The paper states that the world as a self-ruling system needs creation of its new concept based on philosophy of harmony. Harmonic foundation-building of the world system, safeguarding the turning strategy of the world from non-balanced into balanced development, formation of world order on the basis of convergent idea on world unity of nationstates, the leading way of integral globalization contrary to unipolar globalization are the principal conditions of the world’s progress. The necessity on creation of harmony in the world (...) occupies an important place in the practice of international social, political, economic and civilizationalrelations. Global civilization, which appears as a result of historical development of humanity, the evolution of philosophical idea of world unity, interaction of globalizational and civilizational processes and other specific development conditions, defines itself as a new stage of our planet. Through forming the organics of national cultures and local civilizations global civilization begins to create its own complex of common-universal behaviors and values. The historical and international importance of the globalization era is that it opens its very successful perspectives having rational basis of world development towards global civilization not in a spontaneous, but in a naturally determined movement. Global civilization comprising humanity’s potential harmonically is and will continue to be the principal project of world-building. (shrink)
Modern civilization, which is proud of its material richness and high intellectual level, is in crisis, so that the new value “sustainability” becomes the basic philosophical principle. Introducing what we Korean philosophers think on philosophy today, I want to suggest to the Asian and the world philosophers that we should reflect together and declare solidarity upon the problems of both Asia and the world.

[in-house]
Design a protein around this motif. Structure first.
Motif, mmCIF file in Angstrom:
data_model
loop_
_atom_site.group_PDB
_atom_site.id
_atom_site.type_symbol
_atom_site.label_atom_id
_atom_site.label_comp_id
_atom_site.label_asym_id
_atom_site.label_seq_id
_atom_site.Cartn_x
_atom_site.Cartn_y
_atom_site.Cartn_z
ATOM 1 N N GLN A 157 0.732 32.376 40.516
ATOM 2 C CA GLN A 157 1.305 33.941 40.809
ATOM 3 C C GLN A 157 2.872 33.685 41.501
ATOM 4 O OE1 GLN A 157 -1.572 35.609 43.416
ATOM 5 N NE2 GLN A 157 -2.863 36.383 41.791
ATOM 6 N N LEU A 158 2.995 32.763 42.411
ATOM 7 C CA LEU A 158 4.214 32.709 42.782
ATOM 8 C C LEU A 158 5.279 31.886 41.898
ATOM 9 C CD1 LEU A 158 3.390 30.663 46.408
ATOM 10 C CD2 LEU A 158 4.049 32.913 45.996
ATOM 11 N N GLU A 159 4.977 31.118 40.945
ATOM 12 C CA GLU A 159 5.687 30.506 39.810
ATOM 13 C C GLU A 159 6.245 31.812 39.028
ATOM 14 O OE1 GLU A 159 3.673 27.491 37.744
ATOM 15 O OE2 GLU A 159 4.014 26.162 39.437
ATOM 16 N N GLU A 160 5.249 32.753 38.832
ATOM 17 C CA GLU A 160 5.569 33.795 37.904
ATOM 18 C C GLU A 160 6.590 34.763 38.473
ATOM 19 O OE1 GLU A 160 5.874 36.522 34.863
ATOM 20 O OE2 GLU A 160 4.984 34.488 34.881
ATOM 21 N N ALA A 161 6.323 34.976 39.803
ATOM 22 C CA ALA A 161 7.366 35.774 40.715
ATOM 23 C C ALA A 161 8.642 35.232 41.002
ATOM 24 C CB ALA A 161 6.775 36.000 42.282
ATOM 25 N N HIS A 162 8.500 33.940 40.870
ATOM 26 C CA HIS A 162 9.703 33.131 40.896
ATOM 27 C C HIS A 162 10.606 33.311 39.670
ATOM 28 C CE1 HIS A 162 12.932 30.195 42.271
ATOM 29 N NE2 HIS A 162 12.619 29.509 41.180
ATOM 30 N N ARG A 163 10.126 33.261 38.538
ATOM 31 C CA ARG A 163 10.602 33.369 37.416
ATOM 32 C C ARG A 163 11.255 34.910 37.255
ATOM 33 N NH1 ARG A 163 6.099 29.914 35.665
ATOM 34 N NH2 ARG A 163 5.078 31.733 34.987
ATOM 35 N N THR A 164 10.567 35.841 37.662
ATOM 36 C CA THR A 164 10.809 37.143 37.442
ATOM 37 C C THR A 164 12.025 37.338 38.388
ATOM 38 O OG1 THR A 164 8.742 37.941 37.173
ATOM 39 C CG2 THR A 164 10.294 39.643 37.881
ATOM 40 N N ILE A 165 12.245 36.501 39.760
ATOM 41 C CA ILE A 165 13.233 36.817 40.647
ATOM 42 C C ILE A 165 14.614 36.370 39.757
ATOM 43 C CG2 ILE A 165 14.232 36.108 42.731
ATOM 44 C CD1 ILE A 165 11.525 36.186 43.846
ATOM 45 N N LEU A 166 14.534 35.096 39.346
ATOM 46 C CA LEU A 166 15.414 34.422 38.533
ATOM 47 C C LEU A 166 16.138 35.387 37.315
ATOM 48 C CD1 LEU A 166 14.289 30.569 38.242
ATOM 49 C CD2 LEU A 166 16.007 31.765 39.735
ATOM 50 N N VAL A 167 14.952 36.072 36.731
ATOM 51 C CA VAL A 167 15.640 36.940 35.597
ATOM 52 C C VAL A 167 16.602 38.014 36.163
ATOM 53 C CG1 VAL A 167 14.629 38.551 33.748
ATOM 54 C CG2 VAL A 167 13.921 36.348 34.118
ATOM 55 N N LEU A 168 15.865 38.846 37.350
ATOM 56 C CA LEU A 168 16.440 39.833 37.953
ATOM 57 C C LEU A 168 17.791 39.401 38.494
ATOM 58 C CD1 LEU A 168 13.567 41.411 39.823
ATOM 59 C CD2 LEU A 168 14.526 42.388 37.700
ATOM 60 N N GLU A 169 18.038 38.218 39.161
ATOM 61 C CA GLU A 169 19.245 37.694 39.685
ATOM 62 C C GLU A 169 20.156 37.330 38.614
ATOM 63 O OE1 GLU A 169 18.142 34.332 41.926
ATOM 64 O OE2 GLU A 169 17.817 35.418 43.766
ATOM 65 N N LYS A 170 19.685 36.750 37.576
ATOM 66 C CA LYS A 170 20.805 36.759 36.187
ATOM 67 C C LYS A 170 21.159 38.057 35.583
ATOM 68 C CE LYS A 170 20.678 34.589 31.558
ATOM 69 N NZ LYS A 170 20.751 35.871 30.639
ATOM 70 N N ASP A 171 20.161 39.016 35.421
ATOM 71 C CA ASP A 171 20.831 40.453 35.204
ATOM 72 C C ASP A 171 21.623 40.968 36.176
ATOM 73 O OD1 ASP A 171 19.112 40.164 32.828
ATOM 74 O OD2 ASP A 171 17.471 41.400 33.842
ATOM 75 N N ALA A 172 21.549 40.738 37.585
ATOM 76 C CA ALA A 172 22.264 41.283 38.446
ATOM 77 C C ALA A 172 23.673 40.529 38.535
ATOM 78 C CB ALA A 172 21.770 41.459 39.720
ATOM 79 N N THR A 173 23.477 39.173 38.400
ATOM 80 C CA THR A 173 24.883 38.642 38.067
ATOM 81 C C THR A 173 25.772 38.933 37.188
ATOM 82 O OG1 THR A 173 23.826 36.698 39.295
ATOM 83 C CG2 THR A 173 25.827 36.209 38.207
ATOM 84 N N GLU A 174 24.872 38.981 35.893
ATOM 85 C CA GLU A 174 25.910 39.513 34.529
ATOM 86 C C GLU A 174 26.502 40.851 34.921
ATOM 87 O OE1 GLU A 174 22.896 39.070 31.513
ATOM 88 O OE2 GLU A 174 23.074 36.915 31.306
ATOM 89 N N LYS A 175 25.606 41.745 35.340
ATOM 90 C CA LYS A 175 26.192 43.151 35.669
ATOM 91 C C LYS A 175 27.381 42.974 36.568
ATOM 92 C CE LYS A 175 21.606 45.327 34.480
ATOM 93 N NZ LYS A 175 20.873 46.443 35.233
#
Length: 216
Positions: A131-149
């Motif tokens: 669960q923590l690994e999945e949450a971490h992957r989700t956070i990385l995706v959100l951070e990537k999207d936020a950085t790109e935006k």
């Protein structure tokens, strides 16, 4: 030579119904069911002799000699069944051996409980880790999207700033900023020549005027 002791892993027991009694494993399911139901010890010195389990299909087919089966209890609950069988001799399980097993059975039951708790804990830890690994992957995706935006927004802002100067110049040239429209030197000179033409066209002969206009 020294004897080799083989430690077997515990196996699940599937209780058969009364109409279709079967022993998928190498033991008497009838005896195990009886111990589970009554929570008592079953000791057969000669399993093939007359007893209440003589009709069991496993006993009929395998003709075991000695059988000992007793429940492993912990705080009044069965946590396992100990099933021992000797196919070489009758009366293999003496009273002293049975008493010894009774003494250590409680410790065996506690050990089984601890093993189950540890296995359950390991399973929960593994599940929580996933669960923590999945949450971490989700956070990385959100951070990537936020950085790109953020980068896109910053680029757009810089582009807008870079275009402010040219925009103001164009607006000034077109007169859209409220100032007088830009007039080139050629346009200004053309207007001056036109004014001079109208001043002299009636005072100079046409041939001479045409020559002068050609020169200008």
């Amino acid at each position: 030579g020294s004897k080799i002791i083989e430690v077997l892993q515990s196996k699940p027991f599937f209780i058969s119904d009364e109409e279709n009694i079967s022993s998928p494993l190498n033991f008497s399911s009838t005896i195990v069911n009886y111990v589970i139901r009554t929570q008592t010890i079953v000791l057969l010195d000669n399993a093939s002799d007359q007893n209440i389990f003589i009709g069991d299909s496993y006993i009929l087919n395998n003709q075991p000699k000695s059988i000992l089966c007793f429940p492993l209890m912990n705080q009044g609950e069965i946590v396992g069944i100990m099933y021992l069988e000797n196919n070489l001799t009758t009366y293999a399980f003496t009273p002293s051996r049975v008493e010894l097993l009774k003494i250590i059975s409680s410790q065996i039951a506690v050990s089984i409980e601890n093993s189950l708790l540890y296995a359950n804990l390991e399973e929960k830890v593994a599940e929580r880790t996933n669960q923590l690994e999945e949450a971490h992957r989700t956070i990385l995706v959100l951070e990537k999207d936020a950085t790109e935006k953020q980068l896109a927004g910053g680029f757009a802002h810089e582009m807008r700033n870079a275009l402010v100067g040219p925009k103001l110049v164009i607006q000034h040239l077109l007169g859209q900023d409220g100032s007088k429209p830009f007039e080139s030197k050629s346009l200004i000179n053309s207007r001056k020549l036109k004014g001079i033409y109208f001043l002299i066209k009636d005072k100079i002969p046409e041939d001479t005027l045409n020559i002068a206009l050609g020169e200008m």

According to Popper, democracy, and the one of the western type at that, is the best form of the state system which makes open society possible. At the same time, democratic traditions and institutions have been historically developing not only in the West but also in the East. A number of crucial principles of Buddhistcivilization forming throughout the millennium appear to be quite corresponding to the model of open society. The principles of universal humanism and compassion as the staple of (...) the world; the principle of universal responsibility for forming social institutes and organizations aimed to solve problems common to all people; the principle of tolerance and common ethical direction of all world religions can be attributed to such principles. The humanistic ideal of Buddhism is an individual satisfied with life in society and living in harmony with nature. Buddhism encourages self-restriction and social solidarity, justice and equality, pure thoughts and deeds. Buddhist civilization lies “in between” since in most cases it acts a close-to-perfect mediator among other cultures and civilizations, various ethnic groups and peoples. (shrink)